Eve Best carries the evening in this rather uneven yet likeable war time comedy.
This war time play by Terence Rattigan shows that even during times of great trauma we can all have a giggle at ourselves. It’s fun and frivolous but the political content and emotional heart prevent it from becoming just a run-of-the-mill comedy. However, despite a strong cast under the direction of Trevor Nunn, it feels like an oddly underwhelming evening.
It’s 1944 and the end of the war is in sight. Evacuated children can now come home and so returns 17-year old Michael (Edward Bluemel) to his mother Olivia Brown (Eve Best). However, in the four years he’s been away she has left her humble life – (marriage to a dentist in Barons Court) and is now shacked up with the wealthy cabinet minister Sir John Fletcher (Anthony Head) in Westminster. Seething with youthful left wing politics, Michael initially feels hatred towards Sir John. Then it all turns very Hamlet very quickly as he sets about destroying his mother’s relationship and her newly acquired bourgeois lifestyle.
Eve Best is wonderful as Olivia and carries the evening with her wit, charm and vitality. She throws herself into all aspects of her character’s private and public roles without missing a beat. She literally squirms with delight at her new-found social status yet her love for her son is deep, profound and gives her a heartfelt vulnerability.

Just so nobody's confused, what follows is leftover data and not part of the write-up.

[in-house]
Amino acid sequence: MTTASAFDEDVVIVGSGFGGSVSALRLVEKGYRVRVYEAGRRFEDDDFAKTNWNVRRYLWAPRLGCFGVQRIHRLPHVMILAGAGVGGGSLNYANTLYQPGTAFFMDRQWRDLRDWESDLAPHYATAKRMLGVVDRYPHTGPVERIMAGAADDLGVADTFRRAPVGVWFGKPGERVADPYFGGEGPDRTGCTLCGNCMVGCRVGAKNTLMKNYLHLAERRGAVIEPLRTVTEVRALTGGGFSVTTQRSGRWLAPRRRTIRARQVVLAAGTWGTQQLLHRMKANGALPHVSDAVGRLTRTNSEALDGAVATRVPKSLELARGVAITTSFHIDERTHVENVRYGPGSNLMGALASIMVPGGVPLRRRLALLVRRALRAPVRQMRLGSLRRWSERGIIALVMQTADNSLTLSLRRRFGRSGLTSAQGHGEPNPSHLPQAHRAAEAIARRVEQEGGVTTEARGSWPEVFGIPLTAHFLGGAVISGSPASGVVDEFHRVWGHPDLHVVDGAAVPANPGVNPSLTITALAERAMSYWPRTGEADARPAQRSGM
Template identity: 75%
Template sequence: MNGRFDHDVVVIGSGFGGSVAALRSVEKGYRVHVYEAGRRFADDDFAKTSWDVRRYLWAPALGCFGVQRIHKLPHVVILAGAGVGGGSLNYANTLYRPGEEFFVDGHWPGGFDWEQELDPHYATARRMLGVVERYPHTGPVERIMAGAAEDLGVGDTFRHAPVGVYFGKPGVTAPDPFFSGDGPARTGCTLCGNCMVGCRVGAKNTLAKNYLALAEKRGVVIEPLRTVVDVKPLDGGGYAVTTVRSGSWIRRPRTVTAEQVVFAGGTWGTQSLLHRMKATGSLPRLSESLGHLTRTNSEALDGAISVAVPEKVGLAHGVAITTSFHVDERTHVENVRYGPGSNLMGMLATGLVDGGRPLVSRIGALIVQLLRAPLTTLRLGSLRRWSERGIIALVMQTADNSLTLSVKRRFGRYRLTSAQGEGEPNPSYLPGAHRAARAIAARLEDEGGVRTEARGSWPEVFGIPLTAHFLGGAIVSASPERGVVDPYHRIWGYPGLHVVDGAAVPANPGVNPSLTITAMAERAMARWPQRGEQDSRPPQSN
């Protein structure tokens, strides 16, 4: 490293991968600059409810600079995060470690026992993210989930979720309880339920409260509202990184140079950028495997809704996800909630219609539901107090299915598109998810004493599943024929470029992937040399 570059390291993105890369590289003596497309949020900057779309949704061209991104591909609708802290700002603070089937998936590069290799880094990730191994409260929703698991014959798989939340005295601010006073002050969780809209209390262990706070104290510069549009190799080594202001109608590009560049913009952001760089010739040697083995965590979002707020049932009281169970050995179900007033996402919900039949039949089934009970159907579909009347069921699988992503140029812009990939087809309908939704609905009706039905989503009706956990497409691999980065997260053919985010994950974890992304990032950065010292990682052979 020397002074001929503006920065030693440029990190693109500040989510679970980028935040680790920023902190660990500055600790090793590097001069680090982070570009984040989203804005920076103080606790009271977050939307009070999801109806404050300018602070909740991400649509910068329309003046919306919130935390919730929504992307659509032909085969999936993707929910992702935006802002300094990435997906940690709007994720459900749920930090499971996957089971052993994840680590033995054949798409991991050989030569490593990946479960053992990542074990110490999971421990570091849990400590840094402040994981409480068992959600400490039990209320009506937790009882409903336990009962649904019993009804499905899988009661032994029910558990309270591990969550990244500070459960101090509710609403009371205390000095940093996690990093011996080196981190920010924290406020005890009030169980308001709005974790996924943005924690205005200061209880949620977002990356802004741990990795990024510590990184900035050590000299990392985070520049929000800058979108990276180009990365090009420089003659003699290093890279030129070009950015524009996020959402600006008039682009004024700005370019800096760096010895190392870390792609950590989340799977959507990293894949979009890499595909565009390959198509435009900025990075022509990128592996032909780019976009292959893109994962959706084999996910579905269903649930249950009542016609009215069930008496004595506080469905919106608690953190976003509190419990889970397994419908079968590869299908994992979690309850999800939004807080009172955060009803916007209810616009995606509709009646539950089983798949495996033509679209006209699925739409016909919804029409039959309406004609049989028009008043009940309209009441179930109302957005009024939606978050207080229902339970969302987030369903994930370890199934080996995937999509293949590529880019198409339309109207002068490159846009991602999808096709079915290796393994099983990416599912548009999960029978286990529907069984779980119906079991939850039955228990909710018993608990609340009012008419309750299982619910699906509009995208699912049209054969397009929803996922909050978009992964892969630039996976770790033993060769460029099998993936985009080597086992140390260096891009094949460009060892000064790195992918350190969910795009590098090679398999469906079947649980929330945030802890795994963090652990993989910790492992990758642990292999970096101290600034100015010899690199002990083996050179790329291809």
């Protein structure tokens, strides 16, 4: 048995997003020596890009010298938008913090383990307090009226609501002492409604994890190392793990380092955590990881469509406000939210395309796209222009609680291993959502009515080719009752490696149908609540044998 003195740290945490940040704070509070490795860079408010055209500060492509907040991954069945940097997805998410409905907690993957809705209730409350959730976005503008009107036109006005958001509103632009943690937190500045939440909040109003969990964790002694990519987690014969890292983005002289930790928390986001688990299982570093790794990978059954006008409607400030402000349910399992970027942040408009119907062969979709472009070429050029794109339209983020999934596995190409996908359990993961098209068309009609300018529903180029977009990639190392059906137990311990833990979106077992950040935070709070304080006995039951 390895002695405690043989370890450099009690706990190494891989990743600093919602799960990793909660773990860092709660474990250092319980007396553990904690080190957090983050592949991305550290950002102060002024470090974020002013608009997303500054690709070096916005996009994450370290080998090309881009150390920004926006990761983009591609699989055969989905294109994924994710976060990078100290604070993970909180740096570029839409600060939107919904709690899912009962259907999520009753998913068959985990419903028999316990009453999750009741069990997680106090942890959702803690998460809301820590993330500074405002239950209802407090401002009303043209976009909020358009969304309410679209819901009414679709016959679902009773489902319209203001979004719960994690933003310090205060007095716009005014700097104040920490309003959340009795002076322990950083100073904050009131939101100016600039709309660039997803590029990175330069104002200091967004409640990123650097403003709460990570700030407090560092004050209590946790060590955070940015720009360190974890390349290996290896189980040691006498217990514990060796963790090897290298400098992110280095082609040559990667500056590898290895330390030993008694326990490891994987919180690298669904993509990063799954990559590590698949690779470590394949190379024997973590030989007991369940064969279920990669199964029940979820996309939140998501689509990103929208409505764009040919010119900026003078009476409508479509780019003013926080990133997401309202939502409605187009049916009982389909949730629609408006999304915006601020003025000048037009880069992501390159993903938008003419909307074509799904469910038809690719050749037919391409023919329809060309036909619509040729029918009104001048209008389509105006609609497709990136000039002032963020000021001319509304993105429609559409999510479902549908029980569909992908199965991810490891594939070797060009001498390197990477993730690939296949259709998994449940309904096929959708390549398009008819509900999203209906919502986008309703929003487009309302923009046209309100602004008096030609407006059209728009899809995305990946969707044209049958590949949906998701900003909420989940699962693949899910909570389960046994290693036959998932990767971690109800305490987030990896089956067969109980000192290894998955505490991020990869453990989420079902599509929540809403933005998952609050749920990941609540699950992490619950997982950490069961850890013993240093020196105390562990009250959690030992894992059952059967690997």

Anthony Head plays the rigid and controlled cabinet minister Sir John perfectly well but his emotional journey feels superficial in comparison. It’s a performance that is largely played for comic effect, which feels at odds with Best’s nuanced and intricate portrayal.
Edward Bluemel as Michael has a jolly old time hurling himself around in despair. However, it’s hard to have sympathy for this little leftie who forces his mother to choose between him and her happiness. Helen George as Sir John’s ex-wife Diana perfectly captures the class snobbery of the time, possessing a withering look that could cut glass.
It’s an enjoyable evening for the most part, despite feeling rather uneven – probably not aided by a running time of almost three hours spent in what have to be the most uncomfortable theatre seats in town. However, Eve Best is worth the price of the ticket alone.
Rating – 3*
Love in Idleness plays at the Menier Chocolate Factory until 29th April.
Words by Matthew Hyde